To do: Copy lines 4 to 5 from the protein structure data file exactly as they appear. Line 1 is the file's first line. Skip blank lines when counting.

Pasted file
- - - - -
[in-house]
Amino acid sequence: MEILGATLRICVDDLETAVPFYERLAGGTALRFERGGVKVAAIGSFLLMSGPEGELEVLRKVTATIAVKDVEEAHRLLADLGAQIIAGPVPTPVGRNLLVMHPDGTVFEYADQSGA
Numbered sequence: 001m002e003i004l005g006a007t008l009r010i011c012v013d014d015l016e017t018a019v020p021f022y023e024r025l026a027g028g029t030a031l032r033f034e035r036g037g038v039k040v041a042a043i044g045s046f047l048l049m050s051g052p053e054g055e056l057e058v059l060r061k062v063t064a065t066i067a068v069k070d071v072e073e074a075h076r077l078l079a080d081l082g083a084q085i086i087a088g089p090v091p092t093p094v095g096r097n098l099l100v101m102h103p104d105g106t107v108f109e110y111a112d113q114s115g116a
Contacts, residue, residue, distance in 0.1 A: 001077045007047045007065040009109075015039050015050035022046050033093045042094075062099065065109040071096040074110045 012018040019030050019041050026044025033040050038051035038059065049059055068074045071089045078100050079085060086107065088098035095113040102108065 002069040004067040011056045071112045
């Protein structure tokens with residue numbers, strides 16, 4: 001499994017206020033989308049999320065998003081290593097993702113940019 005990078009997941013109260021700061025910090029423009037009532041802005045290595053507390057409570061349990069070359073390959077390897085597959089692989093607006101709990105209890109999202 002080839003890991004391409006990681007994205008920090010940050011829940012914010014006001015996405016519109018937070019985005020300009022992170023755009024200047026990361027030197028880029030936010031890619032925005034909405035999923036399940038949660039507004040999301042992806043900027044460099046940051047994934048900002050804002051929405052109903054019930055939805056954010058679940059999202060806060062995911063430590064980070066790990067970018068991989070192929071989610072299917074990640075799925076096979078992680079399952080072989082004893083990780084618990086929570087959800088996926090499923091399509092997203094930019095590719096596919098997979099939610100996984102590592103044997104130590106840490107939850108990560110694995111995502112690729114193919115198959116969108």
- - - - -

Contacts, residue, residue, distance in 0.1 A: 001077045007047045007065040009109075015039050015050035022046050033093045042094075062099065065109040071096040074110045 012018040019030050019041050026044025033040050038051035038059065049059055068074045071089045078100050079085060086107065088098035095113040102108065 002069040004067040011056045071112045
């Protein structure tokens with residue numbers, strides 16, 4: 001499994017206020033989308049999320065998003081290593097993702113940019 005990078009997941013109260021700061025910090029423009037009532041802005045290595053507390057409570061349990069070359073390959077390897085597959089692989093607006101709990105209890109999202 002080839003890991004391409006990681007994205008920090010940050011829940012914010014006001015996405016519109018937070019985005020300009022992170023755009024200047026990361027030197028880029030936010031890619032925005034909405035999923036399940038949660039507004040999301042992806043900027044460099046940051047994934048900002050804002051929405052109903054019930055939805056954010058679940059999202060806060062995911063430590064980070066790990067970018068991989070192929071989610072299917074990640075799925076096979078992680079399952080072989082004893083990780084618990086929570087959800088996926090499923091399509092997203094930019095590719096596919098997979099939610100996984102590592103044997104130590106840490107939850108990560110694995111995502112690729114193919115198959116969108």